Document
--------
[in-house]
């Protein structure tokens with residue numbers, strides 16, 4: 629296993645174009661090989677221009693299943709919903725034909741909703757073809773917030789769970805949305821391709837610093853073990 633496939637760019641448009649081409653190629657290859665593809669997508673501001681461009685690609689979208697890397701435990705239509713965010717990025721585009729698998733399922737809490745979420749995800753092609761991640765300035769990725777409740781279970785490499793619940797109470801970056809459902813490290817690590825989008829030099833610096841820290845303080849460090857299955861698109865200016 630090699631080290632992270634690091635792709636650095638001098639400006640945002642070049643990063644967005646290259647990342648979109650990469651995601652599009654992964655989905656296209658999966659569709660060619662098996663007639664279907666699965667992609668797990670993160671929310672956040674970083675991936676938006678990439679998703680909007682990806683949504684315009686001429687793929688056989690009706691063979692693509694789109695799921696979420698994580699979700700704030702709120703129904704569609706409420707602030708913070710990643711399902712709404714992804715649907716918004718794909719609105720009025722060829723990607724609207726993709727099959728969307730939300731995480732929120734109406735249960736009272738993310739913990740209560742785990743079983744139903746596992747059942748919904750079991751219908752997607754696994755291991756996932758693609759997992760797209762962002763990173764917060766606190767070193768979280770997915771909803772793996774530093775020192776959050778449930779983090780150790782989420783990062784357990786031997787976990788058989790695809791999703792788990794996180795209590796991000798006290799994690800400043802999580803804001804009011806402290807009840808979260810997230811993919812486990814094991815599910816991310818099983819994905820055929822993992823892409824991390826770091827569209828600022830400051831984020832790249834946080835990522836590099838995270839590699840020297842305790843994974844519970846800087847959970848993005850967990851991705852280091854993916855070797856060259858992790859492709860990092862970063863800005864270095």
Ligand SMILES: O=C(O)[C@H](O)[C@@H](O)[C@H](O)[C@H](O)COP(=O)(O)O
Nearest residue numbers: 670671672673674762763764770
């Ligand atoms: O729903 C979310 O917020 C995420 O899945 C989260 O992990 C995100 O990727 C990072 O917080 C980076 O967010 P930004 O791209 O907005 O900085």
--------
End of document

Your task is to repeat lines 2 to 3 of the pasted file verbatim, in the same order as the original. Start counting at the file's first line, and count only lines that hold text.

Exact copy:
């Protein structure tokens with residue numbers, strides 16, 4: 629296993645174009661090989677221009693299943709919903725034909741909703757073809773917030789769970805949305821391709837610093853073990 633496939637760019641448009649081409653190629657290859665593809669997508673501001681461009685690609689979208697890397701435990705239509713965010717990025721585009729698998733399922737809490745979420749995800753092609761991640765300035769990725777409740781279970785490499793619940797109470801970056809459902813490290817690590825989008829030099833610096841820290845303080849460090857299955861698109865200016 630090699631080290632992270634690091635792709636650095638001098639400006640945002642070049643990063644967005646290259647990342648979109650990469651995601652599009654992964655989905656296209658999966659569709660060619662098996663007639664279907666699965667992609668797990670993160671929310672956040674970083675991936676938006678990439679998703680909007682990806683949504684315009686001429687793929688056989690009706691063979692693509694789109695799921696979420698994580699979700700704030702709120703129904704569609706409420707602030708913070710990643711399902712709404714992804715649907716918004718794909719609105720009025722060829723990607724609207726993709727099959728969307730939300731995480732929120734109406735249960736009272738993310739913990740209560742785990743079983744139903746596992747059942748919904750079991751219908752997607754696994755291991756996932758693609759997992760797209762962002763990173764917060766606190767070193768979280770997915771909803772793996774530093775020192776959050778449930779983090780150790782989420783990062784357990786031997787976990788058989790695809791999703792788990794996180795209590796991000798006290799994690800400043802999580803804001804009011806402290807009840808979260810997230811993919812486990814094991815599910816991310818099983819994905820055929822993992823892409824991390826770091827569209828600022830400051831984020832790249834946080835990522836590099838995270839590699840020297842305790843994974844519970846800087847959970848993005850967990851991705852280091854993916855070797856060259858992790859492709860990092862970063863800005864270095």
Ligand SMILES: O=C(O)[C@H](O)[C@@H](O)[C@H](O)[C@H](O)COP(=O)(O)O